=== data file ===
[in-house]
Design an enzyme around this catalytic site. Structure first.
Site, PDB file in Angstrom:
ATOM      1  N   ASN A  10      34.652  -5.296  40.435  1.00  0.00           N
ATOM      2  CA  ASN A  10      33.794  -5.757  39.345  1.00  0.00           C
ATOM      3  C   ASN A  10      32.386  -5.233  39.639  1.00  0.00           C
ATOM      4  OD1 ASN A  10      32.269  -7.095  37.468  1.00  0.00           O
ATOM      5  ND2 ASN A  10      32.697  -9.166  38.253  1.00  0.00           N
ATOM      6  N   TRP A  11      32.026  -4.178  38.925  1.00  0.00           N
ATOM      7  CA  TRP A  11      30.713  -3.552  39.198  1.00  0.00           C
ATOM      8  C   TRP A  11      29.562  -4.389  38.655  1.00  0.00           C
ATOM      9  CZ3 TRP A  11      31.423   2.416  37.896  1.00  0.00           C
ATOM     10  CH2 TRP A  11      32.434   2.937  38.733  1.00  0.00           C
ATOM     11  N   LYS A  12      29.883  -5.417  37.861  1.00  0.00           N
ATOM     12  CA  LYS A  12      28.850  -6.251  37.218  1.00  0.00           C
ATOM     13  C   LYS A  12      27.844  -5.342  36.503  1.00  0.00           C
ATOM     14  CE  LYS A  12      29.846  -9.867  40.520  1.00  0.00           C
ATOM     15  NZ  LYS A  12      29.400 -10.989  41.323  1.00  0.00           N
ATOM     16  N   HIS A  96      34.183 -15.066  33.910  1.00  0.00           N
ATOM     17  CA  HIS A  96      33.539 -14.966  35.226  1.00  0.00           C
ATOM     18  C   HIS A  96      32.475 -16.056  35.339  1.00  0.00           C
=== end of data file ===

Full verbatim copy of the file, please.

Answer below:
[in-house]
Design an enzyme around this catalytic site. Structure first.
Site, PDB file in Angstrom:
ATOM      1  N   ASN A  10      34.652  -5.296  40.435  1.00  0.00           N
ATOM      2  CA  ASN A  10      33.794  -5.757  39.345  1.00  0.00           C
ATOM      3  C   ASN A  10      32.386  -5.233  39.639  1.00  0.00           C
ATOM      4  OD1 ASN A  10      32.269  -7.095  37.468  1.00  0.00           O
ATOM      5  ND2 ASN A  10      32.697  -9.166  38.253  1.00  0.00           N
ATOM      6  N   TRP A  11      32.026  -4.178  38.925  1.00  0.00           N
ATOM      7  CA  TRP A  11      30.713  -3.552  39.198  1.00  0.00           C
ATOM      8  C   TRP A  11      29.562  -4.389  38.655  1.00  0.00           C
ATOM      9  CZ3 TRP A  11      31.423   2.416  37.896  1.00  0.00           C
ATOM     10  CH2 TRP A  11      32.434   2.937  38.733  1.00  0.00           C
ATOM     11  N   LYS A  12      29.883  -5.417  37.861  1.00  0.00           N
ATOM     12  CA  LYS A  12      28.850  -6.251  37.218  1.00  0.00           C
ATOM     13  C   LYS A  12      27.844  -5.342  36.503  1.00  0.00           C
ATOM     14  CE  LYS A  12      29.846  -9.867  40.520  1.00  0.00           C
ATOM     15  NZ  LYS A  12      29.400 -10.989  41.323  1.00  0.00           N
ATOM     16  N   HIS A  96      34.183 -15.066  33.910  1.00  0.00           N
ATOM     17  CA  HIS A  96      33.539 -14.966  35.226  1.00  0.00           C
ATOM     18  C   HIS A  96      32.475 -16.056  35.339  1.00  0.00           C